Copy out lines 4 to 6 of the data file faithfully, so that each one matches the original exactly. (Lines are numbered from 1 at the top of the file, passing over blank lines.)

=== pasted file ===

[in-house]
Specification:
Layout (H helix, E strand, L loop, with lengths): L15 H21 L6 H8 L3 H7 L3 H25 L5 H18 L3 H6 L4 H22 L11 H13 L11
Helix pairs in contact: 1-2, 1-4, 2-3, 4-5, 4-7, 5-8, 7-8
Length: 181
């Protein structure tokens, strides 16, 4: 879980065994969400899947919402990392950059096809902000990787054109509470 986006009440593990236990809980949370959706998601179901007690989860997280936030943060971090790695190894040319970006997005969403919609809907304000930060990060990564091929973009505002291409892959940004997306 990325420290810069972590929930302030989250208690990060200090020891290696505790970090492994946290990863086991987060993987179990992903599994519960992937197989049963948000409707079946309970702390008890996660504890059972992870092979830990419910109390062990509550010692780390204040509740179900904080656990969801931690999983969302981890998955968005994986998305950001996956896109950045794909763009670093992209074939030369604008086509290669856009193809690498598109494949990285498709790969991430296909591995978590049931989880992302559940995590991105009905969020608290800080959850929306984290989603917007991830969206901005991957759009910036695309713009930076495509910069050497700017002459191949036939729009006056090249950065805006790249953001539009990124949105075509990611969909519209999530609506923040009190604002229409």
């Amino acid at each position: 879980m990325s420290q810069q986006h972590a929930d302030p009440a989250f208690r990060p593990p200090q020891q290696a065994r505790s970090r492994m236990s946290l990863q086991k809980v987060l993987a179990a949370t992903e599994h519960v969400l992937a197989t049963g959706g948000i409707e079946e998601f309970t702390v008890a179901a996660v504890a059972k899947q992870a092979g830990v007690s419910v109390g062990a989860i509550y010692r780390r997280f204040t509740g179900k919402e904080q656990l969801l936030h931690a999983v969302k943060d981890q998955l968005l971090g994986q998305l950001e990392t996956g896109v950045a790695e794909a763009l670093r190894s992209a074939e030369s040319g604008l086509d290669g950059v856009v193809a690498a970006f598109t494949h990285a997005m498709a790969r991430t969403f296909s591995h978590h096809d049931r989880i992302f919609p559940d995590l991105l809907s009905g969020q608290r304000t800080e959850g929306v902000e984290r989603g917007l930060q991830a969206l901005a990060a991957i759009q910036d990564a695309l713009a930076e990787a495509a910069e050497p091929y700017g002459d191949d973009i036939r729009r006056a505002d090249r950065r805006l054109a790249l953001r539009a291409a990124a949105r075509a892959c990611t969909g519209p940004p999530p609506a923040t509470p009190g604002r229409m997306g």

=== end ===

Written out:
Helix pairs in contact: 1-2, 1-4, 2-3, 4-5, 4-7, 5-8, 7-8
Length: 181
């Protein structure tokens, strides 16, 4: 879980065994969400899947919402990392950059096809902000990787054109509470 986006009440593990236990809980949370959706998601179901007690989860997280936030943060971090790695190894040319970006997005969403919609809907304000930060990060990564091929973009505002291409892959940004997306 990325420290810069972590929930302030989250208690990060200090020891290696505790970090492994946290990863086991987060993987179990992903599994519960992937197989049963948000409707079946309970702390008890996660504890059972992870092979830990419910109390062990509550010692780390204040509740179900904080656990969801931690999983969302981890998955968005994986998305950001996956896109950045794909763009670093992209074939030369604008086509290669856009193809690498598109494949990285498709790969991430296909591995978590049931989880992302559940995590991105009905969020608290800080959850929306984290989603917007991830969206901005991957759009910036695309713009930076495509910069050497700017002459191949036939729009006056090249950065805006790249953001539009990124949105075509990611969909519209999530609506923040009190604002229409």